The study of the defense of the organism against fatty acids focusses attention once again on the adrenals whose constituents appear to be part of the natural defense mechanism. To date, around 30 different crystalliz able compounds have been isolated from less than a third of the total cortical extract. The amorphous part, biologically more active than the crystallized part, would contain other important compounds. Even if some of them are intermediary compounds or artefacts, adrenal intervention still is characterized by plurality of its active agents. Furthermore, several opposite tendencies are recognized between groups of adrenal compounds. While all the corticoids show a certain antagonistic action toward fatty acids, mineralocorticoids are, from several points of view, antagonistic to neoglucogenics.

With these considerations in mind, and recognizing the adrenals as one of the principal means for relatively rapid defense against noxious agents, we have investigated the relationship of the adrenals to lipids.

We have already noted the striking richness of the adrenals in arachidonic acid. About 25% of the total fatty acid content of the glands is made up of this acid which is found only in small quantities in other organs. We also found pentaenes and hexaenes present in greater amounts than in other organs. These fatty acids must have a biological purpose and two hypotheses can be advanced. According to one mentioned previously, (Note 11, Chapter VI), the corticoids would be synthesized from arachidonic acid through cyclization. According to the second hypothesis, arachidonic acid, as well as other high fatty acids present in the adrenals, would be used as active functional fatty acids. Secreted by the adrenals, they would pass into the circulation and intervene as needed by the organism, especially for immediate defense purposes.

We have seen that an intervention of polyunsaturated fatty acids occurs in the first defense response of an organism to a noxious agent. These acids are responsible for the exaggerated oxidation processes through which the organism attacks the noxious agents themselves or the heterogenized constituents resulting from their action. We consider that some of the fatty acids intervening in this defense mechanism are liberated locally, especially if they appear in response to a condition limited to a lower entity. In this case, they would come from changes induced in the constituents of the entity itself. The local intervention of lipolytic enzymes would lead to a liberation of free fatty acids. In a defense response for the organism as the highest entity, the actively intervening fatty acids appear in the general circulation in the first phase of the diphasic phenomenon. Some of these fatty acids would be of adrenal origin, liberated at these moments. In the second phase of the defense mechanism, a further liberation of steroids by the adrenals would occur, aimed at counteracting the effects of fatty acids. The diphasic systemic process which results can be considered to represent an exaggeration of the processes which occur alternately and which, through normal oscillations, insure the dynamic systemic balance.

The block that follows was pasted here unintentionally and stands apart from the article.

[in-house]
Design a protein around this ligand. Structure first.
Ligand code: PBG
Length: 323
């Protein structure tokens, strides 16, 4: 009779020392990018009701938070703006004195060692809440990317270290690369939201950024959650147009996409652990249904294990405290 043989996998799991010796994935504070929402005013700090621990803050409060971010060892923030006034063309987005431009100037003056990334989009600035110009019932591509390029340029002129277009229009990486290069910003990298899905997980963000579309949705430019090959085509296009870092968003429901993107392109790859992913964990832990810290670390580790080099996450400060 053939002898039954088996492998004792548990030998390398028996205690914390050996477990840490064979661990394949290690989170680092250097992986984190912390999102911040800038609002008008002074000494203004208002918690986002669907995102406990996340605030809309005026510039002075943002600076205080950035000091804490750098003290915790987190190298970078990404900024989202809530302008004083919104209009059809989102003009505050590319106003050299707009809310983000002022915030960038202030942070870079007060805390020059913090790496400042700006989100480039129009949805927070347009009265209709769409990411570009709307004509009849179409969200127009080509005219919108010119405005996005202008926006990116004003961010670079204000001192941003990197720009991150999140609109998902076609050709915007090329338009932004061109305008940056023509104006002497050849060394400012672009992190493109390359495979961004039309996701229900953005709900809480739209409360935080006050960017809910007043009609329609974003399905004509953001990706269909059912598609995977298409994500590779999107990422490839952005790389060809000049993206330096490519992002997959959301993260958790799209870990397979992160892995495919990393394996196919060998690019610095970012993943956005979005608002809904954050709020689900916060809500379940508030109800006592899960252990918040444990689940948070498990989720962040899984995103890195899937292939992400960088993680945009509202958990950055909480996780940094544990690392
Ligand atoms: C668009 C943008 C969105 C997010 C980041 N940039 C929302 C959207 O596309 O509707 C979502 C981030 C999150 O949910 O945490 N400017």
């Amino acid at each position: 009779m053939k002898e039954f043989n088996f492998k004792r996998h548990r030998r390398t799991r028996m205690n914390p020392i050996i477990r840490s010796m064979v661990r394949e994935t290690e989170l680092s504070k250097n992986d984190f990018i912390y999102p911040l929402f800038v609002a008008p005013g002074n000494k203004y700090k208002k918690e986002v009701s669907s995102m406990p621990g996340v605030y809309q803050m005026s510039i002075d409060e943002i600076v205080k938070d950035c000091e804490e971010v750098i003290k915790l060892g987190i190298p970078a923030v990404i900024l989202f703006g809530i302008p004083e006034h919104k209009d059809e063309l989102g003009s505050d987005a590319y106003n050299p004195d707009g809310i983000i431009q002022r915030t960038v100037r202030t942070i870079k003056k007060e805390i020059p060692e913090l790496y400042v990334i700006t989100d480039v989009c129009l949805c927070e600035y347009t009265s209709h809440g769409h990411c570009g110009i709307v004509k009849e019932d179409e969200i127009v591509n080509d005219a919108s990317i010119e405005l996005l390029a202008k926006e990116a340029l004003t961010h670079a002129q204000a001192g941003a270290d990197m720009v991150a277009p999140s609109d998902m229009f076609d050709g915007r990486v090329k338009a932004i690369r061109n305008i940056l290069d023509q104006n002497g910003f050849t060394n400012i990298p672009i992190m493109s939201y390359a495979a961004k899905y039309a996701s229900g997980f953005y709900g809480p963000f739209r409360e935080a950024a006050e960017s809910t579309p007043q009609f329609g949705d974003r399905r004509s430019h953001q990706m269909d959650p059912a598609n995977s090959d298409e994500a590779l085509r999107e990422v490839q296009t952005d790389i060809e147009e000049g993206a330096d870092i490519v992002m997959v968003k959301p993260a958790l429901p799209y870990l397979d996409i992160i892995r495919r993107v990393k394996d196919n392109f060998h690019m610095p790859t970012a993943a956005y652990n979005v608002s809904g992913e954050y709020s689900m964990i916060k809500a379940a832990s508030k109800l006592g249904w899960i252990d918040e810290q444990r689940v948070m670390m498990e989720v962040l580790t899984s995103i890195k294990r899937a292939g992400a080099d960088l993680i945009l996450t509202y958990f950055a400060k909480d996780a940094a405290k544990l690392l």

The adrenals conceivably control abnormal fatty acid activity by their quantitatively exaggerated intervention and by release of qualitatively abnormal products that would pass into the circulation and result in off balances. The activity of the adrenals in counteracting the influence exercised by fatty acids has been made the subject of a special investigation in our laboratories by E. F. Taskier.

By comparing the doses of an agent required to kill normal and adren alectomized animals, it has been possible not only to identify this intervention but to judge the degree of this specific defense mechanism. The "Adrenal Defense Index" for an agent—the ratio between the minimal lethal dose in normal animals and in adrenalectomized animals represents a numerical estimate of this response. It could be shown that for certain fatty acids, such as conjugated trienes, which are related to trauma, or alpha hydroxy fatty acids which are related to microbial invasion, a highly effective intervention of the adrenals occurs, through release of neogluco genic corticoids. The administration of neoglucogenic corticoids manifestly increases the resistance of the organism to the noxious effects of fatty acids. This influence is reduced for the mineralocorticoids and is nil for sodium chloride, otherwise an important factor related to adrenal intervention. (Note 17, Chapter VI)

We will discuss later an important difference, even an antagonism, between these two groups of corticoids when their influence is exerted concomitantly with that of other agents.